Big Mistake: Business Plans And Investor Returns

Another problem that comes up a lot as I read on with my business plan marathon: too many business plans are taking too much time and effort telling supposed investors what their supposed return on investment will be. This is usually a waste of time, energy, and space. It’s certainly a mismatch between what the entrepreneurs are thinking and what the investors are thinking.

fool's goldI was surprised a couple days ago, talking to entrepreneurs, at how much emphasis they put on wanting to know what return on investment was satisfactory to investors. It was as if they thought what the plan says the company will be worth five years from now makes a difference. And it doesn’t. The illustration here is a piece of fool’s gold, iron pyrite.

It felt like these entrepreneurs are thinking: investors want to see X in returns so I have to show that in my plan. I pop up the sales forecast, pop up the profitability, and that generates a great projected valuation. So I show that I can deliver a great return.

Investors, meanwhile, are actually thinking: I want to look at the product-market fit, scalability, management team, and factors like that to determine whether the company is going to make it. If they have all that right, then they have a shot; and if not, they don’t. Projected investor returns depend on a future valuation, which depends on the sales forecast or income forecast or both. Most investors look hard at the sales and profitability projections, because they want to see credibility; I use them to get a feel for how well the entrepreneurs know the business. There’s so much cascading uncertainty on future valuation that I don’t put much stock in it.

There’s a Catch-22 about sales and profitability forecasts: credibility of the numbers means more than the numbers themselves. A plan that has both big numbers and credibility is rare.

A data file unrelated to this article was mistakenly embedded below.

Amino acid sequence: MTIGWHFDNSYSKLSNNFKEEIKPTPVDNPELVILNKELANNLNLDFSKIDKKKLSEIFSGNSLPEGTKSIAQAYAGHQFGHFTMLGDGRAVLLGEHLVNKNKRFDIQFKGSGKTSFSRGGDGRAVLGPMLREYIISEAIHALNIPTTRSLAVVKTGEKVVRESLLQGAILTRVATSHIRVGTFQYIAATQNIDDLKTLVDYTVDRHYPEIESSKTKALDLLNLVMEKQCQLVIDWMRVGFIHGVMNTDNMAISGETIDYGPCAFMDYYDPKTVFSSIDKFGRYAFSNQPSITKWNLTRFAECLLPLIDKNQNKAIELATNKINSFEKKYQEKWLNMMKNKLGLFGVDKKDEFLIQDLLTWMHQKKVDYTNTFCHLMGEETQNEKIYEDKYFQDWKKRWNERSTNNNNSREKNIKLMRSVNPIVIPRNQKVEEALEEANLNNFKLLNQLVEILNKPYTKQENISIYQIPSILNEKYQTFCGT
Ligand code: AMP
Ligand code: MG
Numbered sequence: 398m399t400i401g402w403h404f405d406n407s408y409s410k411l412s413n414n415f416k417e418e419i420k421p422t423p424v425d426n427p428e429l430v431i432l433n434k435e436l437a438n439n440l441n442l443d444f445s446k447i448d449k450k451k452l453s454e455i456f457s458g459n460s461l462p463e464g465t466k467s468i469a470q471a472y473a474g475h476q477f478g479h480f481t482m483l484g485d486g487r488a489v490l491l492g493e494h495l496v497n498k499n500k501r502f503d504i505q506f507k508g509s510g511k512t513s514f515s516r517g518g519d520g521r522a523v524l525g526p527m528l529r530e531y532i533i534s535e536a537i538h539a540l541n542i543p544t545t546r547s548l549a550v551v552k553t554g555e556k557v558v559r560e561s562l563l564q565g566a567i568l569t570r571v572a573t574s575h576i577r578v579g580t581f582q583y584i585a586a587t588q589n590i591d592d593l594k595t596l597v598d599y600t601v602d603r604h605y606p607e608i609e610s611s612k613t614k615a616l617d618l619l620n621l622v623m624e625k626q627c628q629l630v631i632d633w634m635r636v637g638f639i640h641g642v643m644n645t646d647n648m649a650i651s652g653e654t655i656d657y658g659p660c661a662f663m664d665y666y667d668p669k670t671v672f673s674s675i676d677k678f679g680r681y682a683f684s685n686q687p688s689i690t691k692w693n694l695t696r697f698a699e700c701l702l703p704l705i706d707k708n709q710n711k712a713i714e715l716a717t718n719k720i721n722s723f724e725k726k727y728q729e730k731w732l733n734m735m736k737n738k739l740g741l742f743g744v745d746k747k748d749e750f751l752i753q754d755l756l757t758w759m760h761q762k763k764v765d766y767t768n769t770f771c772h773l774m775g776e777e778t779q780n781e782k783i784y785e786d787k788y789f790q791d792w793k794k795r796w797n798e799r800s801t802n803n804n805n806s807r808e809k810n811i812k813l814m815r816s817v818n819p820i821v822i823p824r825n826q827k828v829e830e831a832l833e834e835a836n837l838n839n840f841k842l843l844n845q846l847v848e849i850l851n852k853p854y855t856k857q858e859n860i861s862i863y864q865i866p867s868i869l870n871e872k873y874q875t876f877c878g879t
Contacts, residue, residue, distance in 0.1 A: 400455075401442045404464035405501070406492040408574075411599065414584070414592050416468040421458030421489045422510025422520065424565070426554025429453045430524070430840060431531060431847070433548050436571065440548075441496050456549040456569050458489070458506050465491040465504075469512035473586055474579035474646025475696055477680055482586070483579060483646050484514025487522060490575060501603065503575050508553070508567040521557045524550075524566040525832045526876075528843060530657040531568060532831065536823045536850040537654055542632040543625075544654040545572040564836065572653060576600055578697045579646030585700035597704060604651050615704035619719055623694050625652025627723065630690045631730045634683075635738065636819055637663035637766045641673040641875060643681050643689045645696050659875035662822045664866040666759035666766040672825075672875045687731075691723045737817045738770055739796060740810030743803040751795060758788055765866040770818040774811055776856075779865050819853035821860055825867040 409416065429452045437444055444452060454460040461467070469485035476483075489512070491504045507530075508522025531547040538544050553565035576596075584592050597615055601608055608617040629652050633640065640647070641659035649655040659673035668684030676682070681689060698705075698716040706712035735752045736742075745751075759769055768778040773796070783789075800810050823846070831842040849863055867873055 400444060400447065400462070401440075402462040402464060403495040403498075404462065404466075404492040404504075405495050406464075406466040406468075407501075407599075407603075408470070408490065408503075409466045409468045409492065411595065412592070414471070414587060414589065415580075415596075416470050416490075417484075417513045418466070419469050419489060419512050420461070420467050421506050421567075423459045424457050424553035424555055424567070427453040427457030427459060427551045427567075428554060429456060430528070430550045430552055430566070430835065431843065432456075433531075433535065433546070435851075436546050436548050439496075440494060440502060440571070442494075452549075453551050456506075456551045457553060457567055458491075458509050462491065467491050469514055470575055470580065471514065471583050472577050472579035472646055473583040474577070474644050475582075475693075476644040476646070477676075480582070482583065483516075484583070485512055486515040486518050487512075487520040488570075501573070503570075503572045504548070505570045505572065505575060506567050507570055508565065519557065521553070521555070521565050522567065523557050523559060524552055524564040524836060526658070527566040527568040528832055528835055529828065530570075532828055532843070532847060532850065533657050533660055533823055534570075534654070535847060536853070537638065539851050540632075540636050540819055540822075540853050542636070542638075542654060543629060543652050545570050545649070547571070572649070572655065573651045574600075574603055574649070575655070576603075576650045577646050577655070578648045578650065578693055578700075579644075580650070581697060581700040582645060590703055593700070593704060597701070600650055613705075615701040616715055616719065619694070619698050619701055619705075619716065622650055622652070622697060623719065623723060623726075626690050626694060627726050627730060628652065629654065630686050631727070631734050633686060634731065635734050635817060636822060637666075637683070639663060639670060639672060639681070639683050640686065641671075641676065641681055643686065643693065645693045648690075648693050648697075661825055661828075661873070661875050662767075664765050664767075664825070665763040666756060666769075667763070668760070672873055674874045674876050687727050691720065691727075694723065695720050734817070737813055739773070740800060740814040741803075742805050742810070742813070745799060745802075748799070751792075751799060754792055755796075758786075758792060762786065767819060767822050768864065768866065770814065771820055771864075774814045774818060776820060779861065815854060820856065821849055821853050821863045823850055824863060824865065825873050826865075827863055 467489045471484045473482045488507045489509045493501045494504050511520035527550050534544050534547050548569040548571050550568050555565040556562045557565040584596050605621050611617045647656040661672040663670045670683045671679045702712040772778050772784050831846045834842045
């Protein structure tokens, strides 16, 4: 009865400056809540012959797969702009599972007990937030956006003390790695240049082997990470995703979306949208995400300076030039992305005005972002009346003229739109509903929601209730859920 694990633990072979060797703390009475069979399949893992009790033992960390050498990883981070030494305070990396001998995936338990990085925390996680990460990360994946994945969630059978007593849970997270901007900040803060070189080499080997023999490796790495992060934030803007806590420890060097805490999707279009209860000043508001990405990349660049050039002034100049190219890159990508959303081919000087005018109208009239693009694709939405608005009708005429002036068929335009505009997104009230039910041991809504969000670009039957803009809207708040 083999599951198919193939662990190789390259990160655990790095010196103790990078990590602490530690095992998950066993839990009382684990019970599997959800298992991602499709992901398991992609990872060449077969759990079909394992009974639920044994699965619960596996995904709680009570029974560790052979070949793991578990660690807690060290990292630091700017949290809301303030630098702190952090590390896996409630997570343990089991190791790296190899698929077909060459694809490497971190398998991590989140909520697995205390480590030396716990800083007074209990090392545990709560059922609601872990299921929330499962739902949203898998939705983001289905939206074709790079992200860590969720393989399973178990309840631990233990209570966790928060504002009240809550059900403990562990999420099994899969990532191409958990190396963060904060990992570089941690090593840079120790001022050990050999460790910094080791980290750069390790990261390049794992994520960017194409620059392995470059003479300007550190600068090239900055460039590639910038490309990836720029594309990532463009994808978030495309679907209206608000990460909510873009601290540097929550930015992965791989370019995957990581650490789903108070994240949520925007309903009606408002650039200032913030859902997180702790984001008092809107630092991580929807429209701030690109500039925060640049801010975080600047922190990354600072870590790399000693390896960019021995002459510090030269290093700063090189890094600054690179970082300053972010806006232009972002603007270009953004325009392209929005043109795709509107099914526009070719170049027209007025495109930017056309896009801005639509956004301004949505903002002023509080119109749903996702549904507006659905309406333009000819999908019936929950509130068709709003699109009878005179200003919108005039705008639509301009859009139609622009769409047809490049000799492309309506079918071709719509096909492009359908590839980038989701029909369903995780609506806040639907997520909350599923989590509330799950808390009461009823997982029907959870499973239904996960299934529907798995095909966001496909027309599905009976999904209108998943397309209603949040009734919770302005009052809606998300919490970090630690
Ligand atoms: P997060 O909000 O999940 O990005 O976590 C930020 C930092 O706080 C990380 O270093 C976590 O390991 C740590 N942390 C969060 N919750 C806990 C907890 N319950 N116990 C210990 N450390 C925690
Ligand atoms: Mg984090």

(Image: Vakhrushev Pavel/Shutterstock)

5 thoughts on “Big Mistake: Business Plans And Investor Returns

  1. Interesting perspective. I read an blog yesterday, written by someone I respect, who asserted that investors know and even EXPECT that projected sales and profits will be overstated. Aware of this expectation, the entrepreneur plays the game by inflating the numbers, fully aware that the investors will give the numbers a “haircut,” and everyone will be happy. Personally, I don’t ascribe to this theory, because, as I argued to the writer of the blog, the entrepreneur is going to be around when that plan is executed and, in most cases, whether the investors were expecting pumped-up numbers or not, the entrepreneur loses credibility if (or actually, when) the projections don’t pan out. The entrepreneur loses credibility, which, in many cases, is his or her primary offering initially. We all know how important credibility is and how extremely difficult it is to re-establish. As a former CFO, I have first-hand experience with this. While preparing for a transaction, the investment bankers flat-out told me to pump up the numbers, at which time I had to make a choice. They had nothing to lose – they weren’t responsible for the numbers. My choice was to go because I wasn’t going to stick around and have the responsibility of executing an unattainable dream.

    On another subject, if the business plan is sound, and I mean from the unique value proposition right through the projections, I don’t see anything wrong with including a brief description of what investors can expect if the plan is executed as written. Am I wrong?

    1. Jeffrey, thanks for the comment. I’m with you completely on this, on both points:

      First, as far as I’m concerned, you’re right, because investors don’t get fooled by pumped-up numbers. And I write this as the chairman of an angel investor group. Pumped-up numbers kill credibility and do nobody any good. Nobody wants dumb investors. And I agree that in the case you mention here, the investment bankers offered bad advice. Incredible, given the events of the last couple of years regarding investment bankers, that they might give bad advice. Right?

      Second, on your second point, if the plan is sound all around, and the projections credible, then a discussion of possible exit valuations, just as you suggest, is a good addition. You’re not wrong on that, at least, not in my opinion.